Tenure Payment Plan

What is 'Tenure Payment Plan'

A tenure payment plan is a way to receive reverse mortgage proceeds where the borrower gets equal monthly payments for as long as he or she lives in the home as a primary residence. The tenure payment plan has an adjustable interest rate. Interest accrues on monthly payments as the borrower receives them. Interest also accrues on any financed closing costs (including the up-front mortgage insurance premium) and the ongoing monthly mortgage insurance premiums. All of these costs together—monthly tenure payments, interest, closing costs and mortgage insurance premiums (MIPs)—make up what the borrower owes when the reverse mortgage becomes due and payable.

BREAKING DOWN 'Tenure Payment Plan'

The tenure payment plan has a lower initial interest rate than the single disbursement lump sum payment plan, which is the only fixed rate option. The tenure plan’s total interest cost could be less over time, since the homeowner is borrowing money gradually and the initial interest rate is lower. However, it could also be more over time than it would be with the single disbursement plan, depending on how long the borrower remains in the home and how the adjustable rate changes over time compared with the fixed rate the borrower could have gotten on the lump sum.

The amount of interest owed in the long run usually isn’t a major concern for borrowers who choose the tenure payment plan. Most borrowers using a tenure payment plan are doing so in order to age in place, and plan on remaining in their homes for the rest of their lives. Tenure payments offer stability and predictability and mean that the homeowner does not have to worry about running out of money. This payment plan isn’t good for someone who has a large expense they need to pay all at once, or who expects to have such an expense in the future. A lump sum, a line of credit or a payment plan that combines tenure payments with a line of credit might be better options in that scenario.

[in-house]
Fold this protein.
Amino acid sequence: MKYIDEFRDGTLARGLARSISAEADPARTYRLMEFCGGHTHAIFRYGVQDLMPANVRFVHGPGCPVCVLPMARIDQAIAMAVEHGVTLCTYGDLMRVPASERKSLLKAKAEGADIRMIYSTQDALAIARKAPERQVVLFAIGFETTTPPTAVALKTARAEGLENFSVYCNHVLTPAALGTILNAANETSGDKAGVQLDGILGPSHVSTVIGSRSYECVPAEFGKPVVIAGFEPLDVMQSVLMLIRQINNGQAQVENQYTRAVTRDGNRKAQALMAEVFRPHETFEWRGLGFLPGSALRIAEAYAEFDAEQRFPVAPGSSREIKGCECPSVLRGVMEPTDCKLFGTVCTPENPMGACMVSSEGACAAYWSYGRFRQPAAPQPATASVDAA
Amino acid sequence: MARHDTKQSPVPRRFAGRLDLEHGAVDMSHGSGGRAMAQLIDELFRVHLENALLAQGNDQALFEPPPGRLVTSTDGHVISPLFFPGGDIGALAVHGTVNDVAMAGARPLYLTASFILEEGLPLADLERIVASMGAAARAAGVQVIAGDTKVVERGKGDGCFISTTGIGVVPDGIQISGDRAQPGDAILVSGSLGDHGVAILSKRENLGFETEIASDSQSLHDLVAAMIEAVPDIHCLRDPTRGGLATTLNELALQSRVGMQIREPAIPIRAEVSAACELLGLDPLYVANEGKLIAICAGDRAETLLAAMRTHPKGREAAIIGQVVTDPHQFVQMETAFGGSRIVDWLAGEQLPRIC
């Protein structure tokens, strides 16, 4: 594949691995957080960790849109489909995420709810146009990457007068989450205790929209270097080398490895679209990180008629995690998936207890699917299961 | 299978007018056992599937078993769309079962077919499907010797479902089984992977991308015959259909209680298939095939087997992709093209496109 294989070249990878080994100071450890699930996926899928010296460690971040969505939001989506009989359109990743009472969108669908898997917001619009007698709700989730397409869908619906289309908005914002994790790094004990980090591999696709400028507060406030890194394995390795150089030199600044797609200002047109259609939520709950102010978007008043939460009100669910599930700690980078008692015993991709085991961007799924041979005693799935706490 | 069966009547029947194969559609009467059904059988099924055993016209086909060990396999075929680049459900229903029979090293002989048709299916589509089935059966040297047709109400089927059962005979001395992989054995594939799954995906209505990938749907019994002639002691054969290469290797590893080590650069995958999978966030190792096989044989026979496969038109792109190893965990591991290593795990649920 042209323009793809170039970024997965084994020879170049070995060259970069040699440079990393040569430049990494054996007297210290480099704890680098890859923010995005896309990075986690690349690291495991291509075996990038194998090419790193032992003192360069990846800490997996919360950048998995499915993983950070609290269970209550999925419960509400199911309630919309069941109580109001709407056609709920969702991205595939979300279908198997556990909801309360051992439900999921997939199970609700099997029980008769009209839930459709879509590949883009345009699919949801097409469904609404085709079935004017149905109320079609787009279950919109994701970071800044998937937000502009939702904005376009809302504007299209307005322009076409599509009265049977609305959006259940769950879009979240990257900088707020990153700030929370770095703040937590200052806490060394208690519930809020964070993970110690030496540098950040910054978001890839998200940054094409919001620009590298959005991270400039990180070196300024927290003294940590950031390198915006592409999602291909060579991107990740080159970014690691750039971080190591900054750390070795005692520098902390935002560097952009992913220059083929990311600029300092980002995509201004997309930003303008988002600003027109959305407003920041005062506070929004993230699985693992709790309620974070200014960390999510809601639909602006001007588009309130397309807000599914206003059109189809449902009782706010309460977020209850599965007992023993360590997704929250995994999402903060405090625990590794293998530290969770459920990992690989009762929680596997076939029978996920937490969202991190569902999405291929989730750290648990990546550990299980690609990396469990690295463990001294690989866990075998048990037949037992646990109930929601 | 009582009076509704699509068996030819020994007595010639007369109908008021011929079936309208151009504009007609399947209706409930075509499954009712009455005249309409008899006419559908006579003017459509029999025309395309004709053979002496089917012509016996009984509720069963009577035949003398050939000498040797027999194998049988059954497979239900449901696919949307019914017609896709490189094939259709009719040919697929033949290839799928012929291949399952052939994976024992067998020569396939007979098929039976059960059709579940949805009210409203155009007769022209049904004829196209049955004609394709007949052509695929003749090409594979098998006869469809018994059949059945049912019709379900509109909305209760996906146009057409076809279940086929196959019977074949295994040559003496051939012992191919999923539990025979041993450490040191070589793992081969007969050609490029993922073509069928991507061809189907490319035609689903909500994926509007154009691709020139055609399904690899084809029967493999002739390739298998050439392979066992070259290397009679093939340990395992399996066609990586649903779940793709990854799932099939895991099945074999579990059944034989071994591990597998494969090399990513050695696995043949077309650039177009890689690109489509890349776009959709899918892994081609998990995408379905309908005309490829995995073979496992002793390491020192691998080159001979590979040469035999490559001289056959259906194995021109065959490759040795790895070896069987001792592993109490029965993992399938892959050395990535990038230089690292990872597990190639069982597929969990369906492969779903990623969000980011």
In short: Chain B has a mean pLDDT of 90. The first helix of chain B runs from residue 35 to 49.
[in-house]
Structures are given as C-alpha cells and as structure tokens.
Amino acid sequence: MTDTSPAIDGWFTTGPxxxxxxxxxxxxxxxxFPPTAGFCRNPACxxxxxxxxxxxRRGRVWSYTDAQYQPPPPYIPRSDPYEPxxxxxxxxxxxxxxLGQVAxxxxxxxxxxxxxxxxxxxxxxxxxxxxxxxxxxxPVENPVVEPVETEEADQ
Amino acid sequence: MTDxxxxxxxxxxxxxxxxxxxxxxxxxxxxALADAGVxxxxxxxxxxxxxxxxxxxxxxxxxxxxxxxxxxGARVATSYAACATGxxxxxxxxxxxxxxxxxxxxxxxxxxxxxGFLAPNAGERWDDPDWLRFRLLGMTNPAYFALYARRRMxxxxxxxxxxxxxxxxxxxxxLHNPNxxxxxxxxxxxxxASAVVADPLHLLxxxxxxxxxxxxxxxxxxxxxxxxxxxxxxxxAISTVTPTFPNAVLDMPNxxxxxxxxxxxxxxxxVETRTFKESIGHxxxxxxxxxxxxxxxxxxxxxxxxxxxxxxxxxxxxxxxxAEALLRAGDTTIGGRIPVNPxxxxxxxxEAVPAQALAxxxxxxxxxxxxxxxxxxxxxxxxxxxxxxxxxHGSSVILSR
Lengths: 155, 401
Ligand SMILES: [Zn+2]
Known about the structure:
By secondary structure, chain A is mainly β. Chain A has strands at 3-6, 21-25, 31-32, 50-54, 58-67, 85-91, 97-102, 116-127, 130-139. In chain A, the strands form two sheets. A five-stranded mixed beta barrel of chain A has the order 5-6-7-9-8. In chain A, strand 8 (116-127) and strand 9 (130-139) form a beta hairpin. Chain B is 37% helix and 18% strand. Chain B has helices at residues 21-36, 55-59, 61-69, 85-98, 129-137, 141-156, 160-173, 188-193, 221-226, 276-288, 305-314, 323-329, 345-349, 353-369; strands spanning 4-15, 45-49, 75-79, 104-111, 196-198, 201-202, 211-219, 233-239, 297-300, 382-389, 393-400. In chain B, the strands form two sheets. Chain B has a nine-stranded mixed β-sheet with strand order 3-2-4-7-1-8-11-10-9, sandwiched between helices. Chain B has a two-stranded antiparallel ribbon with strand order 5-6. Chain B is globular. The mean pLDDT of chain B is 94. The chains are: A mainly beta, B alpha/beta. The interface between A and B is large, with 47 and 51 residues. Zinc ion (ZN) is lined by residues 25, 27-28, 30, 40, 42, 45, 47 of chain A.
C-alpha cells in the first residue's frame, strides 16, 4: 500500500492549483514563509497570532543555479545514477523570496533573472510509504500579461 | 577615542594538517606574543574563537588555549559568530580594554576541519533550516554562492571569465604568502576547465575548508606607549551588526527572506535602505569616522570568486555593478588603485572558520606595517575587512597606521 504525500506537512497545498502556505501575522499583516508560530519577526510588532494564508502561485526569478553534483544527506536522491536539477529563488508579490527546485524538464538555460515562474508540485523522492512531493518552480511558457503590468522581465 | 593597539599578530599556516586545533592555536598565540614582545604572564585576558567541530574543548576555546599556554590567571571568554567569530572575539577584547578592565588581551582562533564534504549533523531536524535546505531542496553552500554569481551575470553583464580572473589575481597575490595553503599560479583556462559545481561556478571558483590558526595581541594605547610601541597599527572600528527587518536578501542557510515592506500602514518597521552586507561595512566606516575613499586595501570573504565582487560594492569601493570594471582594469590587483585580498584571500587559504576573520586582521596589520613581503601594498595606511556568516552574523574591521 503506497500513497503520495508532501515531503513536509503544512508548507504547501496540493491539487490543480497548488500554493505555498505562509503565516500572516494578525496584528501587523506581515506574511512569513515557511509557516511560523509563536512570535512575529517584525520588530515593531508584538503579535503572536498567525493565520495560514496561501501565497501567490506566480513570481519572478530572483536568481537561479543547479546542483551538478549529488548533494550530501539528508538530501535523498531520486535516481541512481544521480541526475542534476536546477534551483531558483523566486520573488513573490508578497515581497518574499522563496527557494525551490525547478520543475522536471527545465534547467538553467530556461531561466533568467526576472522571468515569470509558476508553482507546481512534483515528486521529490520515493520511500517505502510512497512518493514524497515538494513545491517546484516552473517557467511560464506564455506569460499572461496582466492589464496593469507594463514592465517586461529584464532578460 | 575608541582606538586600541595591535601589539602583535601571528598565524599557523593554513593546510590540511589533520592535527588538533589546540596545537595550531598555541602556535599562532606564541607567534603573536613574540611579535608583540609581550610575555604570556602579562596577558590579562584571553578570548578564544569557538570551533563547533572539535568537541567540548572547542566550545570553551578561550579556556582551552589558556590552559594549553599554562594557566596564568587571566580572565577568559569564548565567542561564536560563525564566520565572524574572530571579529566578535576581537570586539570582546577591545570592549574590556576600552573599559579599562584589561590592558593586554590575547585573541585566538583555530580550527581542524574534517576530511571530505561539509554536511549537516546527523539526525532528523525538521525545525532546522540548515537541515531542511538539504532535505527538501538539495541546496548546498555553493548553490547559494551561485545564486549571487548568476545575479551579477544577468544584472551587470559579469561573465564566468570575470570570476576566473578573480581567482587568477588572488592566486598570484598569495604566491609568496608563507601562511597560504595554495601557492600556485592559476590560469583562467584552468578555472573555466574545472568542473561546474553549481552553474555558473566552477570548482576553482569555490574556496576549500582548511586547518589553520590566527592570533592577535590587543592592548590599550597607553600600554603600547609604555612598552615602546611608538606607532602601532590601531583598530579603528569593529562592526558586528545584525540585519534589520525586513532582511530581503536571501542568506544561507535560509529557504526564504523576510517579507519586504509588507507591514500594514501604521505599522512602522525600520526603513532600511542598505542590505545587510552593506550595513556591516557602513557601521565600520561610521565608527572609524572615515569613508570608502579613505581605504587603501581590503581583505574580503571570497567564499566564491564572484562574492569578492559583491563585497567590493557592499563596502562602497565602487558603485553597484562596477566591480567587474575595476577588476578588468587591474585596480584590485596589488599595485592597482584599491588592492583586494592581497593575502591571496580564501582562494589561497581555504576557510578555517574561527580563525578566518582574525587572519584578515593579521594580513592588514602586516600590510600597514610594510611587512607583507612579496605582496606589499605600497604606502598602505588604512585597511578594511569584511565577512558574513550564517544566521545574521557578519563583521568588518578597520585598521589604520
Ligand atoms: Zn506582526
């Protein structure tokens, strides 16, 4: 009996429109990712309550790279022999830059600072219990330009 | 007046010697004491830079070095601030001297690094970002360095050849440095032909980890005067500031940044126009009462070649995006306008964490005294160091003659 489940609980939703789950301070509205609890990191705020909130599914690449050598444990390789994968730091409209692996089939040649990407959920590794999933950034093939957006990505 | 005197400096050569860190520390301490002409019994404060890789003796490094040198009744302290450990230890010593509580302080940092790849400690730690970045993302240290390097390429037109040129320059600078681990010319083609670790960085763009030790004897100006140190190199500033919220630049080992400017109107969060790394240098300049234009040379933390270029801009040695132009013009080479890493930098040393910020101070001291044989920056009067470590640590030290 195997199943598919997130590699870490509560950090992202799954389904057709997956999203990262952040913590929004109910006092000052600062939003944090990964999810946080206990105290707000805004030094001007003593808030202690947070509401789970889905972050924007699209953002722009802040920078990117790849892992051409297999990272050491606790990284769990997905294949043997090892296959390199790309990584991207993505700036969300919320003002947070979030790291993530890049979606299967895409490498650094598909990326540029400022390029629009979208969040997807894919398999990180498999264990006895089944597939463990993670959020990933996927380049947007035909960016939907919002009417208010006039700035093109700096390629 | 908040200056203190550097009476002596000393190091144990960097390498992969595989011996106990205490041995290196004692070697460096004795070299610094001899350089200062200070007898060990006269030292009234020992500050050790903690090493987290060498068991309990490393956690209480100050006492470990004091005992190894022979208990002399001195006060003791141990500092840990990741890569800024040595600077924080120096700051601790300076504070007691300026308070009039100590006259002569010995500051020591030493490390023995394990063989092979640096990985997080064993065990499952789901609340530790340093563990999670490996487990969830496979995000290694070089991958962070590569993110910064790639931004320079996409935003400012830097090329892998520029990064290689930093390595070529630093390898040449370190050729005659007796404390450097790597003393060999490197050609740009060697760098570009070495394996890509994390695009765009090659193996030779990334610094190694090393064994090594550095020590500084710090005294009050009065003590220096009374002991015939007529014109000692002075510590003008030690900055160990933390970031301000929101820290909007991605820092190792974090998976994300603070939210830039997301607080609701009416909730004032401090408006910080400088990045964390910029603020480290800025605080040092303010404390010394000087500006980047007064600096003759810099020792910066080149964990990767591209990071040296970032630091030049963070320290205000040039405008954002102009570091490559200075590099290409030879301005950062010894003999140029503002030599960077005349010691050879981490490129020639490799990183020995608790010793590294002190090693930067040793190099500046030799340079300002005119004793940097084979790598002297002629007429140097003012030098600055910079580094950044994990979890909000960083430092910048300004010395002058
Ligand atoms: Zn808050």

The borrower’s monthly payments under the tenure plan are calculated as if the borrower will live to be 100. If the borrower has a shorter life expectancy, a term payment plan, which provides fixed monthly payments for a set number of years, can allow the homeowner to receive higher monthly payments. If the borrower lives past 100, he or she will continue receiving payments for life under the tenure payment plan.

If there are two borrowers on the reverse mortgage, the surviving borrower will continue to receive payments for life under the tenure plan even after the first borrower passes away. However, if there are two homeowners, only one of which is a reverse mortgage borrower and that homeowner passes away first, the surviving homeowner will not receive any further payments since he or she was not a borrower. This scenario has created problems for some households where an older spouse took out a reverse mortgage in his or her name only.